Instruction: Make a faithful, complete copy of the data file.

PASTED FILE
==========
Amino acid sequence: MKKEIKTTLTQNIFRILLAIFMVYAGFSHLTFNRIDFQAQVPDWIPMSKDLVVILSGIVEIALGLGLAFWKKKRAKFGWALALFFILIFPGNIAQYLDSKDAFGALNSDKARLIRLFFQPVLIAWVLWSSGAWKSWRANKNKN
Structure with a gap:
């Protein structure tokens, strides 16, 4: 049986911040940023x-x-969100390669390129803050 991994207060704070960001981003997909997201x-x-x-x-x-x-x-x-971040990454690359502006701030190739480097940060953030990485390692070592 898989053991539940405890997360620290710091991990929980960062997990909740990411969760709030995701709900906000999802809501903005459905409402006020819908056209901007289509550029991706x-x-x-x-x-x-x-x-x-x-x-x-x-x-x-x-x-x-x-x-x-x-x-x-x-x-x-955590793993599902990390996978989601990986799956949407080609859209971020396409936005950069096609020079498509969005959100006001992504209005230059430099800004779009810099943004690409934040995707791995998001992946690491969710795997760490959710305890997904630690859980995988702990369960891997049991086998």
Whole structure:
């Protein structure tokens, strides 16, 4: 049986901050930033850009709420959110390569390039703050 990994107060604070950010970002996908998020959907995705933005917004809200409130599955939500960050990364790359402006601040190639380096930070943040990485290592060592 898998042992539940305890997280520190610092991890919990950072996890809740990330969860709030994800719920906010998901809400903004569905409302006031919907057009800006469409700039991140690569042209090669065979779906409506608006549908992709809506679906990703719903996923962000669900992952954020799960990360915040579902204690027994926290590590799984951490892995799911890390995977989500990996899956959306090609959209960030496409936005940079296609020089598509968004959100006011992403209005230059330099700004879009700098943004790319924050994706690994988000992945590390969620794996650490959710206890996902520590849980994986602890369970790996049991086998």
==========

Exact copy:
Amino acid sequence: MKKEIKTTLTQNIFRILLAIFMVYAGFSHLTFNRIDFQAQVPDWIPMSKDLVVILSGIVEIALGLGLAFWKKKRAKFGWALALFFILIFPGNIAQYLDSKDAFGALNSDKARLIRLFFQPVLIAWVLWSSGAWKSWRANKNKN
Structure with a gap:
């Protein structure tokens, strides 16, 4: 049986911040940023x-x-969100390669390129803050 991994207060704070960001981003997909997201x-x-x-x-x-x-x-x-971040990454690359502006701030190739480097940060953030990485390692070592 898989053991539940405890997360620290710091991990929980960062997990909740990411969760709030995701709900906000999802809501903005459905409402006020819908056209901007289509550029991706x-x-x-x-x-x-x-x-x-x-x-x-x-x-x-x-x-x-x-x-x-x-x-x-x-x-x-955590793993599902990390996978989601990986799956949407080609859209971020396409936005950069096609020079498509969005959100006001992504209005230059430099800004779009810099943004690409934040995707791995998001992946690491969710795997760490959710305890997904630690859980995988702990369960891997049991086998």
Whole structure:
């Protein structure tokens, strides 16, 4: 049986901050930033850009709420959110390569390039703050 990994107060604070950010970002996908998020959907995705933005917004809200409130599955939500960050990364790359402006601040190639380096930070943040990485290592060592 898998042992539940305890997280520190610092991890919990950072996890809740990330969860709030994800719920906010998901809400903004569905409302006031919907057009800006469409700039991140690569042209090669065979779906409506608006549908992709809506679906990703719903996923962000669900992952954020799960990360915040579902204690027994926290590590799984951490892995799911890390995977989500990996899956959306090609959209960030496409936005940079296609020089598509968004959100006011992403209005230059330099700004879009700098943004790319924050994706690994988000992945590390969620794996650490959710206890996902520590849980994986602890369970790996049991086998």